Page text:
That's true, but like most Germans regarding the disappearance of the Jews, most people were not aware of the level of repression of non-white dissidents at the time. We were aware that something was going on, for example, Booby Seale was originally indicted for conspiracy with the seven whites that came to be known as the Chicago Seven, which was orignailly the Chicago Eight. But not the extent of it at the time. Of course, most of us read Malcolm X, Eldridge Cleaver, etc, so we weren't in the dark. Frantz Fanon was required reading, too.

We also knew that the FBI had infiltrated the antiwar movement and we were also aware of agents provacteurs.

But there was very little known at the time as it happened. Our chief means of communication was through the alternative newspapers called the "free press" because they were free. Very little appeared in the mainstream media and what appeared was heavily biased against the protestors.

We didn't get pepper sprayed, but we did get tear gassed.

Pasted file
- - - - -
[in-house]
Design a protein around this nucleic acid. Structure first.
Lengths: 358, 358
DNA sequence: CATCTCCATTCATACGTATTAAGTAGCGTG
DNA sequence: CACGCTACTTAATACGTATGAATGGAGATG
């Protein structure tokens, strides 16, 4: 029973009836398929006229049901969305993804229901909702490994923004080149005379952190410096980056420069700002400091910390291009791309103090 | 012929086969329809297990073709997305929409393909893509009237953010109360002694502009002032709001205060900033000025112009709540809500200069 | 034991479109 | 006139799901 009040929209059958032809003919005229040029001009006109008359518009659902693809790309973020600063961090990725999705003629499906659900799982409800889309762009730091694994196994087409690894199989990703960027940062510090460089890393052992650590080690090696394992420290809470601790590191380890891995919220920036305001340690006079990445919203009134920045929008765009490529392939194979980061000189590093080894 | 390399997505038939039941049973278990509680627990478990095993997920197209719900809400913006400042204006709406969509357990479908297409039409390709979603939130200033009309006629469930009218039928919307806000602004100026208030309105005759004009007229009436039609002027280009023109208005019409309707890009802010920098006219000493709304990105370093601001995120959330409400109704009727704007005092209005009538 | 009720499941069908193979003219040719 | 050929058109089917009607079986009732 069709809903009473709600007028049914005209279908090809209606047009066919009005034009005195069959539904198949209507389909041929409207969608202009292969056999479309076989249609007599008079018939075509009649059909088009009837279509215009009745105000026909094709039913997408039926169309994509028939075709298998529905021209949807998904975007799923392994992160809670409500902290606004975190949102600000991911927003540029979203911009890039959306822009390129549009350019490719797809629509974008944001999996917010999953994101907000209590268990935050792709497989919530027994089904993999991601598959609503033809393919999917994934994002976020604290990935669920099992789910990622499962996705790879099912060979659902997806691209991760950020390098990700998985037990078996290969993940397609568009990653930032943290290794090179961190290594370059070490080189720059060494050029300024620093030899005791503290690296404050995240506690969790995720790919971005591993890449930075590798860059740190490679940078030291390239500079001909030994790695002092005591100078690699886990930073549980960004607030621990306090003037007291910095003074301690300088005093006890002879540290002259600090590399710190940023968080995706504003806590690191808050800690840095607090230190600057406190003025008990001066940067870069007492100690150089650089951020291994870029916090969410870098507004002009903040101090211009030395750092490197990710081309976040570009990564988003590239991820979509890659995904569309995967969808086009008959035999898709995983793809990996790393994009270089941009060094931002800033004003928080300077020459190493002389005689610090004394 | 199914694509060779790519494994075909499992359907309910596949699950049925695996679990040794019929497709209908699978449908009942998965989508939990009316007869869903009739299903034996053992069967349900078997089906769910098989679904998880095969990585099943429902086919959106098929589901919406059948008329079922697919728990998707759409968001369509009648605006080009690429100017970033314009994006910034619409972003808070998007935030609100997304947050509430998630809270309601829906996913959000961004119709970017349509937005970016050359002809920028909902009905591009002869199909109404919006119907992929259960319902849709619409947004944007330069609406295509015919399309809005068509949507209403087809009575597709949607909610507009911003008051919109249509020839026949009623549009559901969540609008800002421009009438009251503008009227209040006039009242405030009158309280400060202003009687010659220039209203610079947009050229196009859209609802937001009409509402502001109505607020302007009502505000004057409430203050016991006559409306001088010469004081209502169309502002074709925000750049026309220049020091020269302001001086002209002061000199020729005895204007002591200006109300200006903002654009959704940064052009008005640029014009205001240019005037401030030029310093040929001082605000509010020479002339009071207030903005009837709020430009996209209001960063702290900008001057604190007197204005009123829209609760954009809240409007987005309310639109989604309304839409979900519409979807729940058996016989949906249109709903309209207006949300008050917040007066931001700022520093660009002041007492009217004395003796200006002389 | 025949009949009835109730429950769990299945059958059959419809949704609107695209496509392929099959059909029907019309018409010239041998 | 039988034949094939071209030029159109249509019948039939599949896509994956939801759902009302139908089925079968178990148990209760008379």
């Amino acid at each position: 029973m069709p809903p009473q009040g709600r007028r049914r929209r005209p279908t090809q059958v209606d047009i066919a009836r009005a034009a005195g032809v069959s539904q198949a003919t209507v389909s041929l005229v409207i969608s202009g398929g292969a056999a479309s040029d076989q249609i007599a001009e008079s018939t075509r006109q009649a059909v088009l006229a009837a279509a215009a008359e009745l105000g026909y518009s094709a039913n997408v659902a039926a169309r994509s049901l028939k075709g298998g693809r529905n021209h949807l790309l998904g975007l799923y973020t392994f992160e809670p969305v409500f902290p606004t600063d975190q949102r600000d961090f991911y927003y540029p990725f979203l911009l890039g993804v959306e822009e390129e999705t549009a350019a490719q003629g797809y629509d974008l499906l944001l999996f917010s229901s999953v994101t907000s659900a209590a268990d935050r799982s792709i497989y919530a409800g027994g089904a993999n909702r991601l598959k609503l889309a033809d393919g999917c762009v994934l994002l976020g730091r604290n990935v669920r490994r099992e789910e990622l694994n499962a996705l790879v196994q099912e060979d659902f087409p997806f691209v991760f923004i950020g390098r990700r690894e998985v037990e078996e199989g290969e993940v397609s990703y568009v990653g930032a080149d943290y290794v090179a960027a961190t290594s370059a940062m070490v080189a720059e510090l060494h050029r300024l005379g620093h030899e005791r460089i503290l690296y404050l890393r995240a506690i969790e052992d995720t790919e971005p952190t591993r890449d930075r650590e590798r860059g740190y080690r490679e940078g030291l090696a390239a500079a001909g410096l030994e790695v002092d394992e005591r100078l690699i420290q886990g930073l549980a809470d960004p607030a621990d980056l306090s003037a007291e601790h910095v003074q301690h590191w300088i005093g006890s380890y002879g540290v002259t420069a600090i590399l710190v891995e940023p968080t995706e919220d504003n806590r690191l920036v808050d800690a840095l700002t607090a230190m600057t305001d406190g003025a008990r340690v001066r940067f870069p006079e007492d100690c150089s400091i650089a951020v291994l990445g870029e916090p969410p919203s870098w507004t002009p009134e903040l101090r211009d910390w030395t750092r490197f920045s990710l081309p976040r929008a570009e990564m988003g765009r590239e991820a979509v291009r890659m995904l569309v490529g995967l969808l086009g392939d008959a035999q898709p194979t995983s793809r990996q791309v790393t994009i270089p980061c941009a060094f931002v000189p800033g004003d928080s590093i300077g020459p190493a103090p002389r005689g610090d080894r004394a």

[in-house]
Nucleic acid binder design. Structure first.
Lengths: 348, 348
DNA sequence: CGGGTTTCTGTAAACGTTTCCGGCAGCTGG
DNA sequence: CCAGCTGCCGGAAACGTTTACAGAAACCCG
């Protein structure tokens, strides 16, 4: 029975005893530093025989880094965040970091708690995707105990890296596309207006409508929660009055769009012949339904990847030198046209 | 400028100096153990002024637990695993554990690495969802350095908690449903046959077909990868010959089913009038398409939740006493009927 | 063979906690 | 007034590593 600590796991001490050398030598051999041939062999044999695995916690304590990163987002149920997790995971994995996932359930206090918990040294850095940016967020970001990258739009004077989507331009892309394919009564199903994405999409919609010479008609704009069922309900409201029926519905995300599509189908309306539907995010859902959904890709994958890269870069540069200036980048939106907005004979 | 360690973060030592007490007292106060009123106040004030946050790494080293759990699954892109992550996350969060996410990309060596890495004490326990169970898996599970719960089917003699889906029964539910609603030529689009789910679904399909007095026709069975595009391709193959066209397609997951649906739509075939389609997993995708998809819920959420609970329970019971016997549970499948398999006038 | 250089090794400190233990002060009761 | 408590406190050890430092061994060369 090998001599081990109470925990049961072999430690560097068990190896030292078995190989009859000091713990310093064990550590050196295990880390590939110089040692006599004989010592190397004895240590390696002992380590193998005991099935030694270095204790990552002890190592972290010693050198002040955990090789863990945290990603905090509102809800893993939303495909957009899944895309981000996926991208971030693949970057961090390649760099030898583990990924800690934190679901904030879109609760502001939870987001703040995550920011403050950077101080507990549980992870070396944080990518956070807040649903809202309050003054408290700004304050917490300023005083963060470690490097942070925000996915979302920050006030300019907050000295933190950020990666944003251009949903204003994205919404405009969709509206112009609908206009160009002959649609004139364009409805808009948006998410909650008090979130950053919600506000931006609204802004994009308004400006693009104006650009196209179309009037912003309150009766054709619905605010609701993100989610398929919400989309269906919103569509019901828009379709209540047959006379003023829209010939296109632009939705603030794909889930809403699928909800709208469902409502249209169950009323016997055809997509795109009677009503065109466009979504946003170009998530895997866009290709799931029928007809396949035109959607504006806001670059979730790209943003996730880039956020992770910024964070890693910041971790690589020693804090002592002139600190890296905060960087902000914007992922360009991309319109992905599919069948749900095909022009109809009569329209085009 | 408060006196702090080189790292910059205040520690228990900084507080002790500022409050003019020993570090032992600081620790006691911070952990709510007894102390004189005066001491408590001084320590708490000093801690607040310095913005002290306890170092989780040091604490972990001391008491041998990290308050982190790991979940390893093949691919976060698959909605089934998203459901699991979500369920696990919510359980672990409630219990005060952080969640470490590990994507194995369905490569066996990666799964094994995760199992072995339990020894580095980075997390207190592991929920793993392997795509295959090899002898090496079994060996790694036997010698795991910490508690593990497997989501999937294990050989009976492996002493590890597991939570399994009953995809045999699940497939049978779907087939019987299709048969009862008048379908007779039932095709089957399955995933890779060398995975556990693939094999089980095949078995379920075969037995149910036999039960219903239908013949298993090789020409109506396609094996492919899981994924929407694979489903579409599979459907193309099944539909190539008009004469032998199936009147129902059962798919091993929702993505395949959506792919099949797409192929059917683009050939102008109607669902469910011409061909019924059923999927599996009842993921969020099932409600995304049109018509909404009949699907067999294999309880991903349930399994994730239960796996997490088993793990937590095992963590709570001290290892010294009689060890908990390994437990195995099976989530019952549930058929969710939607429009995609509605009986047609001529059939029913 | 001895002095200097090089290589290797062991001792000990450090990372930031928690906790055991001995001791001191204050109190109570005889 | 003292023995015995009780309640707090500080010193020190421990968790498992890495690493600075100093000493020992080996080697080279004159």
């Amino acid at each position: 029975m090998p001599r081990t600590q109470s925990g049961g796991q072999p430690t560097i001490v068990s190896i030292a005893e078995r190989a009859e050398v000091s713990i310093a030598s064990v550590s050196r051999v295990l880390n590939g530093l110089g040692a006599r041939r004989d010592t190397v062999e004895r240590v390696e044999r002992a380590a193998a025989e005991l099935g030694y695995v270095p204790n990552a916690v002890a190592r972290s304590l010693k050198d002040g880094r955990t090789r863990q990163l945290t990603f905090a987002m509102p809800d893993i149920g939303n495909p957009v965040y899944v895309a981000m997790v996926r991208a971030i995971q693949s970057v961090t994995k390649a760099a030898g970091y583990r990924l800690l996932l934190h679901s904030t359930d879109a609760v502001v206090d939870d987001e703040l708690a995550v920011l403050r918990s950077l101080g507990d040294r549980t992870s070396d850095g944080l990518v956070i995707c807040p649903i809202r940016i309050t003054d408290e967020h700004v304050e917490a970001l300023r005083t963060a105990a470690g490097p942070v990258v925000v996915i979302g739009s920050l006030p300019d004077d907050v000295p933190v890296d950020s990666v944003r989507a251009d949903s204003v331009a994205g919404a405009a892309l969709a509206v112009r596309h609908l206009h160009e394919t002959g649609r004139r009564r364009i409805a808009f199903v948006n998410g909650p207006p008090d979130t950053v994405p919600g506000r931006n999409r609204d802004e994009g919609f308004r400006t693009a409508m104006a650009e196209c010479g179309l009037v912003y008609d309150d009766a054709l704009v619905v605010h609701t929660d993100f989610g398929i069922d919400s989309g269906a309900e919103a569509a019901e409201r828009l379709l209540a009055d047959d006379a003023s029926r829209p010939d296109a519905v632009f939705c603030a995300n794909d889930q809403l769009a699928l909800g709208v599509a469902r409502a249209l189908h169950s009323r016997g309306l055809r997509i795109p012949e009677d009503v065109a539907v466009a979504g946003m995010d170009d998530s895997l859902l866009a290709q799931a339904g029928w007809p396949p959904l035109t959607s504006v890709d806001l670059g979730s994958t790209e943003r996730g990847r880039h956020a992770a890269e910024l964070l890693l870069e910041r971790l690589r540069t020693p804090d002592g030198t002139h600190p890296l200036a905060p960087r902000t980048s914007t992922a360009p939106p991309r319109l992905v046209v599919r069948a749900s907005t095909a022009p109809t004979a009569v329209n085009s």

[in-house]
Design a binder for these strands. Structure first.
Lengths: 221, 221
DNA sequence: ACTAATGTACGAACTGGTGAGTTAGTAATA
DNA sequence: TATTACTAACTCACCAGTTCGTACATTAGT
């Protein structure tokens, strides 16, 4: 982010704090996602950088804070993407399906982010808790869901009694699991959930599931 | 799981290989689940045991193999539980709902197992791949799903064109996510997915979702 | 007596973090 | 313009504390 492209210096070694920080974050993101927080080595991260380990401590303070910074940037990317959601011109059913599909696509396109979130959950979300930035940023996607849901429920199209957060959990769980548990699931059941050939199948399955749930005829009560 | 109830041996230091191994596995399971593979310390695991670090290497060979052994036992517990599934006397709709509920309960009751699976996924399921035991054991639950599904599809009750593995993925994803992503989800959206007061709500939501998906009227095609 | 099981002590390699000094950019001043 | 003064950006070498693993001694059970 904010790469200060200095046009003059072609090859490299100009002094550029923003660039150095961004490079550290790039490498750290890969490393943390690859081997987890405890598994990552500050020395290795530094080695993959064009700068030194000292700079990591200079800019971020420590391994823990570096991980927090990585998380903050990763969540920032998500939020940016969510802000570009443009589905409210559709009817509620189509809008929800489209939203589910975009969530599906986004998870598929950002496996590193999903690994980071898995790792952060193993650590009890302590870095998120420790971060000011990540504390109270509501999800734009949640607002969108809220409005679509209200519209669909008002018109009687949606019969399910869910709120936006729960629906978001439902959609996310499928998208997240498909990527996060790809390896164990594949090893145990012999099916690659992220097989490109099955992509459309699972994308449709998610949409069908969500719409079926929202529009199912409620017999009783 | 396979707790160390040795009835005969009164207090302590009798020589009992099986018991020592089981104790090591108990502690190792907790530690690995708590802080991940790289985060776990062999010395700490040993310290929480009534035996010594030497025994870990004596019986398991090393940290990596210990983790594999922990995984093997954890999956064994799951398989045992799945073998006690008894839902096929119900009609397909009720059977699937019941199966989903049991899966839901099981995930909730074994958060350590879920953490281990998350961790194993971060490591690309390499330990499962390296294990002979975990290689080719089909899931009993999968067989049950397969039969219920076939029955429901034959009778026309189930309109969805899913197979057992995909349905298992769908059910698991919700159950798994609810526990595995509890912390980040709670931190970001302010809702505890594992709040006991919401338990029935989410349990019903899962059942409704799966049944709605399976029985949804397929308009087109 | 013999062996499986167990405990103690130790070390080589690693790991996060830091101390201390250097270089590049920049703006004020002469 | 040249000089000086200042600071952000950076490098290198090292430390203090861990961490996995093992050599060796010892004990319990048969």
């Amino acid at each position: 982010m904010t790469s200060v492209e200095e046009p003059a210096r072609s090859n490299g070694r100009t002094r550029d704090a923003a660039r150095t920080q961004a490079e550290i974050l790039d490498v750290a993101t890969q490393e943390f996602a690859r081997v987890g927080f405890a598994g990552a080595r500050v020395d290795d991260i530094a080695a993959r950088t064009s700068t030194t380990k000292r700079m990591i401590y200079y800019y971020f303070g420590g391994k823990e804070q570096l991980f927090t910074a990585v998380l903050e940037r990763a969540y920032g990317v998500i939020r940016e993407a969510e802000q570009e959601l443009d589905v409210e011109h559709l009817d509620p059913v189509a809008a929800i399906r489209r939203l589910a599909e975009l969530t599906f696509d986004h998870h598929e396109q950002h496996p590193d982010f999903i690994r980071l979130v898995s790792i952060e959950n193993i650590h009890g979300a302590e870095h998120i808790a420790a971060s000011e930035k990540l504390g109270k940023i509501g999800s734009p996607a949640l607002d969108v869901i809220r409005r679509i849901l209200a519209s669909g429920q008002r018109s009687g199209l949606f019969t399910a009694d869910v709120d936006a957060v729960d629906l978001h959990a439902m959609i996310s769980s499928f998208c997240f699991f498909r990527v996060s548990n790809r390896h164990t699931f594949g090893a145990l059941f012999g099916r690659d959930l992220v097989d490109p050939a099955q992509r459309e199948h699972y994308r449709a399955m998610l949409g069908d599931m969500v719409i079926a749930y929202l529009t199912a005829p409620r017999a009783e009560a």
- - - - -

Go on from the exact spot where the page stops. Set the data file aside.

lastgreek said...

And if you’re going to riot, don’t do it in your own neighbourhoods. Go to the parliament buildings,...

Dan, thinking of the Bonus Army.

Today, would a President send his wife like Roosevelt did or send in the army a la Hoover?

Dan Lynch said...

They would send in the local militarized police, with DC calling the shots.

Tom Hickey said...

They would send in the local militarized police, with DC calling the shots.

The deep state, neoliberals, and neoconservatives have had lost of time to plan a combined surveillance and militarized police response to dissent. The first step would be to either disappear any identifiable leadership or arrest leaders on terrorism charges.

I don't think that they are thinking of "if" as much as "when," and to some degree it is already happening and has been happening for decades, both domestically and abroad.